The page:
I had an interesting conversation today in relation to caffeine,and techniques to eliminate it from one’s diet. I offered up myopinion, which was that the elimination of caffeine should be donegradually – this is true for most lifestyle changes – tominimize the negatives (e.g. headaches) and to maximize theprobability that it will be sustainable. For instance in my case Icut caffeine by alternating “real” with swiss-water decaf inincreasing ratios, even mixing up the blends, and by mandating afull cup of water between cups of coffee. It worked wonderfully,and in a short while I was off the dastardly white stuff.
What was more interesting than the coffee conversation, though,was the replies that came regarding my brief background story whereI explained why I cut caffeine: I had mentioned that I waspreparing for a trip to Italy for two weeks, and hearing about theextremely strong coffee there, and the general lack ofavailability compared to here, I wanted to avoid both stomach upsetand spending half the trip searching for outlets of AnthonyHortinos. So I decided to eliminate coffee before leaving. Itworked perfectly. Naturally this outraged some people: “Butisn’t coffee in Italy the best coffee in theworld?“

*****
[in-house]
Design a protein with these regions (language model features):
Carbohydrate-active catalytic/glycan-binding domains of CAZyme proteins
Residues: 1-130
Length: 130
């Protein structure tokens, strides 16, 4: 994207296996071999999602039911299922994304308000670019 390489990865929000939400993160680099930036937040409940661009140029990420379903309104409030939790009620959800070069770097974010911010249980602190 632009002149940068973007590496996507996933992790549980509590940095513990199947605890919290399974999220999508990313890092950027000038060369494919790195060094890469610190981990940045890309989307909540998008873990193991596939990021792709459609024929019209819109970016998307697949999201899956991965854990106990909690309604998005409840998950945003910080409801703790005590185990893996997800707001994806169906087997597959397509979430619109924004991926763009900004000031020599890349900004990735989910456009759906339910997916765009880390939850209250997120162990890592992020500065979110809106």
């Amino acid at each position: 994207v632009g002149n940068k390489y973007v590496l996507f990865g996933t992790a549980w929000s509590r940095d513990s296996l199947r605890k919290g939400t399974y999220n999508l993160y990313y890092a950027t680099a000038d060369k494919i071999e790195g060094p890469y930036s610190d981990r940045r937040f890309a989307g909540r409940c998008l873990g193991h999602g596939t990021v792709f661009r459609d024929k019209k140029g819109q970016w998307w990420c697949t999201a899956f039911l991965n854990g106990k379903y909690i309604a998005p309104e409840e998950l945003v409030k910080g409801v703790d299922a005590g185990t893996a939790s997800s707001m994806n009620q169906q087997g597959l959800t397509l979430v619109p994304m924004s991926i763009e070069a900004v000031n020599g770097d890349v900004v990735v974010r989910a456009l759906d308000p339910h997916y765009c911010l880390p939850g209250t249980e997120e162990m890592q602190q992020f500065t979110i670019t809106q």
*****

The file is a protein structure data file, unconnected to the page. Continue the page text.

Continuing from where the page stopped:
Ignoring the entirely practical reasons why I didn’t want to docoffee in Italy (and anyone who claims that convenience coffee isas widely available in Italy has never been here in SouthernOntario), the absolutism about such a subjective point iswhat strikes me as ridiculous: While sometimes a region hasconstituent accessibility that gives them an advantage orspecialty (e.g. seafood is generally better on the East Coastwhere it’s fresh from the ocean…unless it was on a long runtrawler that is), often it is subjective regionalpreferences that people confuse with superiority orinferiority.
For instance a common mantra here in Canada is that our beer is”better” than in the US, because there the generalAmerican consumer prefers a lighter blend than Canadians do.We get misled into thinking that we have some sort of materialadvantage in beer making, confusing subjective choices withabsolute measures. And of course the Brits think their beer is”better” still, because they prefer a thicker beer. It’s all soinane.